• 6118 km: Lima, Peru to Rio de Janeiro, Brazil (Ormeño) - via Sao Paulo and Rio Branco, Acre, Brazil. DW Documentary on it's launch.
  • 5582 km: Lima, Peru to Buenos Aires, Argentina (Ormeño) - via Santiago, Chile.

There are documentaries and tv reports about the long direct routes on youtube where you can see the same coach goes all the way through.

North America:

Europe:

  • 3631 km: Braunschweig, Germany to Grozny, Chechnya, Russia (KVN) - The route is currently a bit longer than normal since it's detouring around the entire eastern Ukraine through Belarus.
  • 3558 km: Burgas, Bulgaria to Liverpool, England, United Kingdom (Sofia Bus) - via Maribor, Stuttgart, Mannheim, Paris, London, Manchester.

Africa

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    Awesome! Your Lima to Sao Paulo is too short as it runs through Rio Branco, in Acre, making the total distance closer to 5700km. – MastaBaba Sep 22 '15 at 18:18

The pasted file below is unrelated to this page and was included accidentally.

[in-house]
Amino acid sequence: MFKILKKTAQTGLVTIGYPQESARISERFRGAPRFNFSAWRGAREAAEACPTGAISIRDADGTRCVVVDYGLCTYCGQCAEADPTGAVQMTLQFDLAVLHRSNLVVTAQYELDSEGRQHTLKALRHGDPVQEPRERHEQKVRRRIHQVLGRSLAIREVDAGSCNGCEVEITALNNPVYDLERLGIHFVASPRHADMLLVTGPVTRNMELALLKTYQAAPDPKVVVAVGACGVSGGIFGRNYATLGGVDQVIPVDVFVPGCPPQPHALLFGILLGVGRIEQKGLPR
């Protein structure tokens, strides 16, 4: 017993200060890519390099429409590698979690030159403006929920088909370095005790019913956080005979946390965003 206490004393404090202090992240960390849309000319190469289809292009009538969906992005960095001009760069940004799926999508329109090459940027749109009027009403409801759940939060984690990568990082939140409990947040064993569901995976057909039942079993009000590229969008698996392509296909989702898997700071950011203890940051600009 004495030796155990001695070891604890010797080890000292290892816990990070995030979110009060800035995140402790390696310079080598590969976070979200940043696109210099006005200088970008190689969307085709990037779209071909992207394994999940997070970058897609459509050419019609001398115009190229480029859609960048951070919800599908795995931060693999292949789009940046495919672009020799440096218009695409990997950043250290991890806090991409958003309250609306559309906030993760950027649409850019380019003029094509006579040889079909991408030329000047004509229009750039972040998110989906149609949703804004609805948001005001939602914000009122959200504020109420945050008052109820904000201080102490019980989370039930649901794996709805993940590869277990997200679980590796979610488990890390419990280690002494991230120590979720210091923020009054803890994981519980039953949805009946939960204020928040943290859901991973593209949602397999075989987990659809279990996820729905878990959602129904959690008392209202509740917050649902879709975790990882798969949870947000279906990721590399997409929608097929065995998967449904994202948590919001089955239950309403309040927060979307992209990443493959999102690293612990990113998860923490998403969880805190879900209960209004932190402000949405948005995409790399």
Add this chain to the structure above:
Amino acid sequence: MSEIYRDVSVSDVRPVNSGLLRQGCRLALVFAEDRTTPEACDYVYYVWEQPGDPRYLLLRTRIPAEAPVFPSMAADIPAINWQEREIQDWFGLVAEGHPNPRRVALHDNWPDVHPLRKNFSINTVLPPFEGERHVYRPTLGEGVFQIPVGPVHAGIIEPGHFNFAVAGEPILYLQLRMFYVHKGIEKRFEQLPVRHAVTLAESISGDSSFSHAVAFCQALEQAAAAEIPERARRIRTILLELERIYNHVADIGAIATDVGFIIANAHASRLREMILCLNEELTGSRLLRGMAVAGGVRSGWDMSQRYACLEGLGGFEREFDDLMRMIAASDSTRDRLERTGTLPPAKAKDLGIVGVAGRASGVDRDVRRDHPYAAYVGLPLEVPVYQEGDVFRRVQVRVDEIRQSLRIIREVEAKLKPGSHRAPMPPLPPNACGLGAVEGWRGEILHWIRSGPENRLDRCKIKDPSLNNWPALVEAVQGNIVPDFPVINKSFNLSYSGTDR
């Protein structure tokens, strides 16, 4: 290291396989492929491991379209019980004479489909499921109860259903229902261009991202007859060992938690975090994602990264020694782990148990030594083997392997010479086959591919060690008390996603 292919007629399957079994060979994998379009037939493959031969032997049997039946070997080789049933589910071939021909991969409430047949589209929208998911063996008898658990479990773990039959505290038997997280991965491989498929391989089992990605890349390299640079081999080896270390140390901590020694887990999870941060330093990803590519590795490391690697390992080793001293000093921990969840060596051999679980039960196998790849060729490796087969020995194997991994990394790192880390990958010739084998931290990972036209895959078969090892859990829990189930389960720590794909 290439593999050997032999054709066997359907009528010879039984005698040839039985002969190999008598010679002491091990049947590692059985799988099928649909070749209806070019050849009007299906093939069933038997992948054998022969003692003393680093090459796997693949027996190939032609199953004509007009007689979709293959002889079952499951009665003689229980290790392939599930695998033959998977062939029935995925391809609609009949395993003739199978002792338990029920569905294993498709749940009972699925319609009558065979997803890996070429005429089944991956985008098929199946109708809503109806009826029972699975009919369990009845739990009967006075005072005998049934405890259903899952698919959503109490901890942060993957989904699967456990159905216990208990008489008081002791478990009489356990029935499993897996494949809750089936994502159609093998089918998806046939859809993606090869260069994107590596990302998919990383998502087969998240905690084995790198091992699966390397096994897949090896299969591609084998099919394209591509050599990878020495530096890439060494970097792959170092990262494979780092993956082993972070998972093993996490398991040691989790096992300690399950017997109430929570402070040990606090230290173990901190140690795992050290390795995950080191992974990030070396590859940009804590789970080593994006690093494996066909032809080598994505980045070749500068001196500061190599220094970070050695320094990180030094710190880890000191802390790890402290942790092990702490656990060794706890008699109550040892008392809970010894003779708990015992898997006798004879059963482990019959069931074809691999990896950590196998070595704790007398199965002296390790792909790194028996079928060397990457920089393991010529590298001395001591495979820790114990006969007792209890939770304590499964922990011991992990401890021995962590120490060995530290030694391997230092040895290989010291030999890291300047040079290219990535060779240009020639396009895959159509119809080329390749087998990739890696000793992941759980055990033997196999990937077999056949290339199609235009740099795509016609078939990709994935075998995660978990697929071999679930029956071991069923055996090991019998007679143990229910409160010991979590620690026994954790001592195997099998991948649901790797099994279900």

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    kvn24.de – Carl Sep 22 '15 at 18:20
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    The only China-Russia connections we know are over around Vladivostock, they're much shorter (~1000km) – Carl Sep 22 '15 at 18:26
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    @Carl: I love how 1000 km counts as "short" in the context of this question. – Michael Seifert Sep 23 '15 at 13:05
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    "All passengers are required to get off the bus for cleaning in Sudbury" - the bus or the passengers? :) – The Wandering Dev Manager Sep 23 '15 at 15:21
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It's very hard to prove which one is the longest. There's a 96 hour ride by Expreso Ormeño from Lima to Sao Paulo. I can't find proof that Birmingham bus ever happened.